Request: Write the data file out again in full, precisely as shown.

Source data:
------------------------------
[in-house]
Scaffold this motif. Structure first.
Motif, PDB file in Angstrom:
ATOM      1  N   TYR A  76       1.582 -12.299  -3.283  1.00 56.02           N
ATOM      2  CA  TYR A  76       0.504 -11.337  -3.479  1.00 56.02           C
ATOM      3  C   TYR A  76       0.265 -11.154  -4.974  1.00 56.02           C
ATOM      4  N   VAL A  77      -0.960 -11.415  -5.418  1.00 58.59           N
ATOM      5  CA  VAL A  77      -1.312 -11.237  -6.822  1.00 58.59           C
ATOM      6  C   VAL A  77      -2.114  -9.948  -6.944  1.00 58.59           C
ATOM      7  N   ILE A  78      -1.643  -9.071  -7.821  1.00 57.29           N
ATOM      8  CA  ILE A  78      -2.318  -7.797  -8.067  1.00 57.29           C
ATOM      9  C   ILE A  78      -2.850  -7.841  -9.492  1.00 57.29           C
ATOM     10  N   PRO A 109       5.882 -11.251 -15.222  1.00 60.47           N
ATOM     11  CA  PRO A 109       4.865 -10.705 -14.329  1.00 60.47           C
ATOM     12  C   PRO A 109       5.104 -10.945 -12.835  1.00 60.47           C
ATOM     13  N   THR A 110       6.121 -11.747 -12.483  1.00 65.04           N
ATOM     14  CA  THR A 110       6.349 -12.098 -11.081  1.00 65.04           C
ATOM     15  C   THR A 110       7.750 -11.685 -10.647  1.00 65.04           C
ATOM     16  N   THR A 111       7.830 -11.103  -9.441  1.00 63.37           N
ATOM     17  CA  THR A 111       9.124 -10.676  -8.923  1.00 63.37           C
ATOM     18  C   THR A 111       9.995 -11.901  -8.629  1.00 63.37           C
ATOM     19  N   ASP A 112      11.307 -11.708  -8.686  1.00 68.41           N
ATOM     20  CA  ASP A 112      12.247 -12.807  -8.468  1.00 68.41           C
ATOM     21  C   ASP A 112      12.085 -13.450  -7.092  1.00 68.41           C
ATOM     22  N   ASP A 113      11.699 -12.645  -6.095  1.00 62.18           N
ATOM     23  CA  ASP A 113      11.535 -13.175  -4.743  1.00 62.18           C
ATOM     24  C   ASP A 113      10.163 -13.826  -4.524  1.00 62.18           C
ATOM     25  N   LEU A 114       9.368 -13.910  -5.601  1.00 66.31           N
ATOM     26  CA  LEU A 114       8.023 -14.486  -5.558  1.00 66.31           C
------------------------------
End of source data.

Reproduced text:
[in-house]
Scaffold this motif. Structure first.
Motif, PDB file in Angstrom:
ATOM      1  N   TYR A  76       1.582 -12.299  -3.283  1.00 56.02           N
ATOM      2  CA  TYR A  76       0.504 -11.337  -3.479  1.00 56.02           C
ATOM      3  C   TYR A  76       0.265 -11.154  -4.974  1.00 56.02           C
ATOM      4  N   VAL A  77      -0.960 -11.415  -5.418  1.00 58.59           N
ATOM      5  CA  VAL A  77      -1.312 -11.237  -6.822  1.00 58.59           C
ATOM      6  C   VAL A  77      -2.114  -9.948  -6.944  1.00 58.59           C
ATOM      7  N   ILE A  78      -1.643  -9.071  -7.821  1.00 57.29           N
ATOM      8  CA  ILE A  78      -2.318  -7.797  -8.067  1.00 57.29           C
ATOM      9  C   ILE A  78      -2.850  -7.841  -9.492  1.00 57.29           C
ATOM     10  N   PRO A 109       5.882 -11.251 -15.222  1.00 60.47           N
ATOM     11  CA  PRO A 109       4.865 -10.705 -14.329  1.00 60.47           C
ATOM     12  C   PRO A 109       5.104 -10.945 -12.835  1.00 60.47           C
ATOM     13  N   THR A 110       6.121 -11.747 -12.483  1.00 65.04           N
ATOM     14  CA  THR A 110       6.349 -12.098 -11.081  1.00 65.04           C
ATOM     15  C   THR A 110       7.750 -11.685 -10.647  1.00 65.04           C
ATOM     16  N   THR A 111       7.830 -11.103  -9.441  1.00 63.37           N
ATOM     17  CA  THR A 111       9.124 -10.676  -8.923  1.00 63.37           C
ATOM     18  C   THR A 111       9.995 -11.901  -8.629  1.00 63.37           C
ATOM     19  N   ASP A 112      11.307 -11.708  -8.686  1.00 68.41           N
ATOM     20  CA  ASP A 112      12.247 -12.807  -8.468  1.00 68.41           C
ATOM     21  C   ASP A 112      12.085 -13.450  -7.092  1.00 68.41           C
ATOM     22  N   ASP A 113      11.699 -12.645  -6.095  1.00 62.18           N
ATOM     23  CA  ASP A 113      11.535 -13.175  -4.743  1.00 62.18           C
ATOM     24  C   ASP A 113      10.163 -13.826  -4.524  1.00 62.18           C
ATOM     25  N   LEU A 114       9.368 -13.910  -5.601  1.00 66.31           N
ATOM     26  CA  LEU A 114       8.023 -14.486  -5.558  1.00 66.31           C